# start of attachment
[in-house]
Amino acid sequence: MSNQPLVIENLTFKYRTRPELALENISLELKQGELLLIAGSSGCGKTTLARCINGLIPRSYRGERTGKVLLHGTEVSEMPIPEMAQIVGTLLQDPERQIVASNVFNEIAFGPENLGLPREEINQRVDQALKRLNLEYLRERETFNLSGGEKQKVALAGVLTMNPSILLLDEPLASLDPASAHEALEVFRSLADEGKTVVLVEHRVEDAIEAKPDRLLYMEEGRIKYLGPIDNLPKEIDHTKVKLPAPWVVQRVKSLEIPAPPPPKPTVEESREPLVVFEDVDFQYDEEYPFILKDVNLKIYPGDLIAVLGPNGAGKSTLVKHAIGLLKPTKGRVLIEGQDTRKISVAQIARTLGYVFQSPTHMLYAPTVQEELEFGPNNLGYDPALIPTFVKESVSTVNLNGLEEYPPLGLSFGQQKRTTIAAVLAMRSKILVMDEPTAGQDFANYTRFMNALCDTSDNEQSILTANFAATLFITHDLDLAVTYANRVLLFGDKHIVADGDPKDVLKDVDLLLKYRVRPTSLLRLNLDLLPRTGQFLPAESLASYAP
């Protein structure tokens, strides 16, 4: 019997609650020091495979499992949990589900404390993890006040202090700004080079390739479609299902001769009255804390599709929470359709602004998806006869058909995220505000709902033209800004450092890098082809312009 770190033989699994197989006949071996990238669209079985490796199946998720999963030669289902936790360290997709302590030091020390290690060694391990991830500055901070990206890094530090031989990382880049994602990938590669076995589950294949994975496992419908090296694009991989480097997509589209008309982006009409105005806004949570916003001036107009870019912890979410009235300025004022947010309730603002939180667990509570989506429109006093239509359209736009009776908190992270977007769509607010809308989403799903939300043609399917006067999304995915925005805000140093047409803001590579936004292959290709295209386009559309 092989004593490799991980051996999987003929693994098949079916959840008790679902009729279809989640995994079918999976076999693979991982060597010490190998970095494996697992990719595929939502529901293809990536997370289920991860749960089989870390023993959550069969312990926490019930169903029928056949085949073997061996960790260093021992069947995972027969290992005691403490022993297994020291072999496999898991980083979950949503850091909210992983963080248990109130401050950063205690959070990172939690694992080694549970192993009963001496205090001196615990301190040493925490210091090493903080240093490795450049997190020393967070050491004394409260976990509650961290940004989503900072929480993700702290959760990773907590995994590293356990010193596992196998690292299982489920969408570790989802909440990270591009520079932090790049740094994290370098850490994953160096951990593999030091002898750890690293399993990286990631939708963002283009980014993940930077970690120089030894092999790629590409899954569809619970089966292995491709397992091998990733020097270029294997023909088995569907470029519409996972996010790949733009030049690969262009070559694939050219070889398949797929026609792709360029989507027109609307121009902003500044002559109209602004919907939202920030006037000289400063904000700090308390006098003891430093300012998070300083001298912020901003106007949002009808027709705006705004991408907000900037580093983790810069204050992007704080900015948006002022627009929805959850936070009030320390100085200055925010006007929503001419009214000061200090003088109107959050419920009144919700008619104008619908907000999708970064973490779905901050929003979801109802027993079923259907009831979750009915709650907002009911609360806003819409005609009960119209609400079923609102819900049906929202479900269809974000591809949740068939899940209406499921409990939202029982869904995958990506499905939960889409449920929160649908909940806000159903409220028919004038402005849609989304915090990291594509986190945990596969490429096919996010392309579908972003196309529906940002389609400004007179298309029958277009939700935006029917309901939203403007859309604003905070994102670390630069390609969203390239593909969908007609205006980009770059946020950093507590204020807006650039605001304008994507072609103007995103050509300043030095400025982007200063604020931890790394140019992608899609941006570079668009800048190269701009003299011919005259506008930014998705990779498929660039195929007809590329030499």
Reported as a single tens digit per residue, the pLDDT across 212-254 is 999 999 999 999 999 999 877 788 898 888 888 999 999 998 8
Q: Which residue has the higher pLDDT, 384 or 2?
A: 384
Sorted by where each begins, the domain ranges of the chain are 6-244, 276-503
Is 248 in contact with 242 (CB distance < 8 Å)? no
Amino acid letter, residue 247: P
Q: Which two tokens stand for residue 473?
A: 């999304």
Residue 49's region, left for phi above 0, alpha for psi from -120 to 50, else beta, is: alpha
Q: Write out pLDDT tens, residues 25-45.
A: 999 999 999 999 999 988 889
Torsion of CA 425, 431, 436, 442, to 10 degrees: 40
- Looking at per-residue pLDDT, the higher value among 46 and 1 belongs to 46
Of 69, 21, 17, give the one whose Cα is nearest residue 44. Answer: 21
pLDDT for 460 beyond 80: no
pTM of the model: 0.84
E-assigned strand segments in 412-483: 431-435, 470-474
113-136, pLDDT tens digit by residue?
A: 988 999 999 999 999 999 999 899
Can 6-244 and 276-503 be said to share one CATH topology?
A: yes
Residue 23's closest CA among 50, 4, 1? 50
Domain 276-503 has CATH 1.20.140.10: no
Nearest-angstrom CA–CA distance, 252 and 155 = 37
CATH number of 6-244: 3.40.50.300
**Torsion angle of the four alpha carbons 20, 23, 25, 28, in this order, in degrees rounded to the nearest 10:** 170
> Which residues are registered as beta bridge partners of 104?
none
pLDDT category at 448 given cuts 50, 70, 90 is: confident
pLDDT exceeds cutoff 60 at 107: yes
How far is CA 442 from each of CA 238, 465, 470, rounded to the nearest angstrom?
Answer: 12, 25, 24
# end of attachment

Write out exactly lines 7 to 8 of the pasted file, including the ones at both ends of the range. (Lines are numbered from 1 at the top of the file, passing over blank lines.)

Sorted by where each begins, the domain ranges of the chain are 6-244, 276-503
Is 248 in contact with 242 (CB distance < 8 Å)? no